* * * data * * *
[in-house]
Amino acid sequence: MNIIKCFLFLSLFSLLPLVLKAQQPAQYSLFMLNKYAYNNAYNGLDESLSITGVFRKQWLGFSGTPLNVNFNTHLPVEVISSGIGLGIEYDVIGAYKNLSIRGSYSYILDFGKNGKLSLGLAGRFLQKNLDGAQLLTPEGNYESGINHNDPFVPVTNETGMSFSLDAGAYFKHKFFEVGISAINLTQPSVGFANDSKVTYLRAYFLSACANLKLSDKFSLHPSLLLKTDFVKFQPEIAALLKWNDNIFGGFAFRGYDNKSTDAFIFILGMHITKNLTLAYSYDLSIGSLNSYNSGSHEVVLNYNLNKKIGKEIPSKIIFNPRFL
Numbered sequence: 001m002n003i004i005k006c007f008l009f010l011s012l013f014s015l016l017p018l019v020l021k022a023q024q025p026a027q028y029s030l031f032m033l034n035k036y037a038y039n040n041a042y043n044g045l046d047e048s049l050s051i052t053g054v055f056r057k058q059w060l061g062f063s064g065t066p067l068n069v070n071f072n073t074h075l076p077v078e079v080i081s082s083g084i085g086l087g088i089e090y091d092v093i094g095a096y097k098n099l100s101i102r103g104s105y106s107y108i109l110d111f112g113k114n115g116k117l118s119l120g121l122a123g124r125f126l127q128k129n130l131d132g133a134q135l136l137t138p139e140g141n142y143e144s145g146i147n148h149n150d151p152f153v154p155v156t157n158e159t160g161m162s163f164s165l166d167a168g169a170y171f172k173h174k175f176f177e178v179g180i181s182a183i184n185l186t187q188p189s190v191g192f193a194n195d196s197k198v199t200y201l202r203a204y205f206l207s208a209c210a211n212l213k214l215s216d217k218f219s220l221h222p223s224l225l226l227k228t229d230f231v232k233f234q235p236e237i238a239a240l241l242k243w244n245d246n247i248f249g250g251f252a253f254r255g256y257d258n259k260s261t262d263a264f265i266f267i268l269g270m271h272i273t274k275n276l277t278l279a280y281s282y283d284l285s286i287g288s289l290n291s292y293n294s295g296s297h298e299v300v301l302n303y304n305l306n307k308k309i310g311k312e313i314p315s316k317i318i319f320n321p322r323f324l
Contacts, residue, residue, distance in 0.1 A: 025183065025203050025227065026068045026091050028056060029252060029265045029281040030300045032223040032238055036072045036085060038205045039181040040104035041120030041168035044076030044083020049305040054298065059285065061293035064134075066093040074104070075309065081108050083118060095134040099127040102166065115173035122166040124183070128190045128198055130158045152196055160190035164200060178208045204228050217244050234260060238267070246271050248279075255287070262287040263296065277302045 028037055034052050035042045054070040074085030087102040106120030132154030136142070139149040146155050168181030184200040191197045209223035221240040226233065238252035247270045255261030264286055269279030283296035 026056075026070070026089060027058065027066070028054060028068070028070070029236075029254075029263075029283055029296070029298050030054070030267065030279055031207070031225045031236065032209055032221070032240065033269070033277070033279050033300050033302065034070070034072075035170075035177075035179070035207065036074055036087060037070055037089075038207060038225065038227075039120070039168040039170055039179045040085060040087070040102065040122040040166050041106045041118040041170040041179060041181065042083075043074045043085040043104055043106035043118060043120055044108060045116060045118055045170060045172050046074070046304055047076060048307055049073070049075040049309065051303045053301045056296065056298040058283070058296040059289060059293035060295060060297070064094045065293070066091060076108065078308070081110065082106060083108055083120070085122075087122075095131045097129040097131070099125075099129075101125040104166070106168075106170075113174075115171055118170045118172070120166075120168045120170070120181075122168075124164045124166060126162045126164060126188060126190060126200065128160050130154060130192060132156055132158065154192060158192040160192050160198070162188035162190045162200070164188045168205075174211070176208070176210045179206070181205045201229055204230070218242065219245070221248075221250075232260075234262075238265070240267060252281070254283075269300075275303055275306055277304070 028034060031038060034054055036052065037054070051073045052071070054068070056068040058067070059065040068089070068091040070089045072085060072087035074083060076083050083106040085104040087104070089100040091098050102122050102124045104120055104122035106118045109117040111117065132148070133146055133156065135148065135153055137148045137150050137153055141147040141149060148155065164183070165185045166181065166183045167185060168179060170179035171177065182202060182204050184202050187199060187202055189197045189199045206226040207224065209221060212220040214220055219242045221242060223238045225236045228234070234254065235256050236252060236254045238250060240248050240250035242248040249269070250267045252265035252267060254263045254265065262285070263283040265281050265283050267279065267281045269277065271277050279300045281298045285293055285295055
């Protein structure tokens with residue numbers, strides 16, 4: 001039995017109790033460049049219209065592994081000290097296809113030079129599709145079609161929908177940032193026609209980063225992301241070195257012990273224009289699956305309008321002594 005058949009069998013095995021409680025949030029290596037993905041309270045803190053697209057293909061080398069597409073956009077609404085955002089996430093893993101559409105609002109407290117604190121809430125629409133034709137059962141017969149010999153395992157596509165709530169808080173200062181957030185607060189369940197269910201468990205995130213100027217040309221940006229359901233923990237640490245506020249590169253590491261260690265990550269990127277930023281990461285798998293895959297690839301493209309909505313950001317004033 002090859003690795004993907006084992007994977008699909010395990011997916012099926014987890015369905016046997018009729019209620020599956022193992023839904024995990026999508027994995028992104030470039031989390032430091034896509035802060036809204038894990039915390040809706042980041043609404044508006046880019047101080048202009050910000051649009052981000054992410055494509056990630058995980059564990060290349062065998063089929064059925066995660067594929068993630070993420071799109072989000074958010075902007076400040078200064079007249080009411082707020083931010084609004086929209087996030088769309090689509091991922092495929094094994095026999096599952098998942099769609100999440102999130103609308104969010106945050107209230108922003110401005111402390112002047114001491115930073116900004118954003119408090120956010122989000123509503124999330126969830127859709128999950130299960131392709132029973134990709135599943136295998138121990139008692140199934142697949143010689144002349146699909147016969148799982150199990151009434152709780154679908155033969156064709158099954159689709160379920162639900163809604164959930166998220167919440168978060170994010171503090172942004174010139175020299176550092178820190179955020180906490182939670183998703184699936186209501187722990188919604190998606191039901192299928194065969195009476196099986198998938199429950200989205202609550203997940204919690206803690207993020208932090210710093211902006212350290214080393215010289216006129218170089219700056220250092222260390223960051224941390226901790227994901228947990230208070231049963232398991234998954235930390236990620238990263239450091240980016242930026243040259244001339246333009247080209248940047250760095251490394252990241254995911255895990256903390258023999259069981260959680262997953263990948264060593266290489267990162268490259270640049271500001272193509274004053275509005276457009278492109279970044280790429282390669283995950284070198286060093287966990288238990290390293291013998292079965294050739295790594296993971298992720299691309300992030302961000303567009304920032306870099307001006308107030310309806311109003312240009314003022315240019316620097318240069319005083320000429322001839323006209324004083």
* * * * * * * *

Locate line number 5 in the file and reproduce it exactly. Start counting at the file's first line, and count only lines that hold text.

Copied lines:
């Protein structure tokens with residue numbers, strides 16, 4: 001039995017109790033460049049219209065592994081000290097296809113030079129599709145079609161929908177940032193026609209980063225992301241070195257012990273224009289699956305309008321002594 005058949009069998013095995021409680025949030029290596037993905041309270045803190053697209057293909061080398069597409073956009077609404085955002089996430093893993101559409105609002109407290117604190121809430125629409133034709137059962141017969149010999153395992157596509165709530169808080173200062181957030185607060189369940197269910201468990205995130213100027217040309221940006229359901233923990237640490245506020249590169253590491261260690265990550269990127277930023281990461285798998293895959297690839301493209309909505313950001317004033 002090859003690795004993907006084992007994977008699909010395990011997916012099926014987890015369905016046997018009729019209620020599956022193992023839904024995990026999508027994995028992104030470039031989390032430091034896509035802060036809204038894990039915390040809706042980041043609404044508006046880019047101080048202009050910000051649009052981000054992410055494509056990630058995980059564990060290349062065998063089929064059925066995660067594929068993630070993420071799109072989000074958010075902007076400040078200064079007249080009411082707020083931010084609004086929209087996030088769309090689509091991922092495929094094994095026999096599952098998942099769609100999440102999130103609308104969010106945050107209230108922003110401005111402390112002047114001491115930073116900004118954003119408090120956010122989000123509503124999330126969830127859709128999950130299960131392709132029973134990709135599943136295998138121990139008692140199934142697949143010689144002349146699909147016969148799982150199990151009434152709780154679908155033969156064709158099954159689709160379920162639900163809604164959930166998220167919440168978060170994010171503090172942004174010139175020299176550092178820190179955020180906490182939670183998703184699936186209501187722990188919604190998606191039901192299928194065969195009476196099986198998938199429950200989205202609550203997940204919690206803690207993020208932090210710093211902006212350290214080393215010289216006129218170089219700056220250092222260390223960051224941390226901790227994901228947990230208070231049963232398991234998954235930390236990620238990263239450091240980016242930026243040259244001339246333009247080209248940047250760095251490394252990241254995911255895990256903390258023999259069981260959680262997953263990948264060593266290489267990162268490259270640049271500001272193509274004053275509005276457009278492109279970044280790429282390669283995950284070198286060093287966990288238990290390293291013998292079965294050739295790594296993971298992720299691309300992030302961000303567009304920032306870099307001006308107030310309806311109003312240009314003022315240019316620097318240069319005083320000429322001839323006209324004083």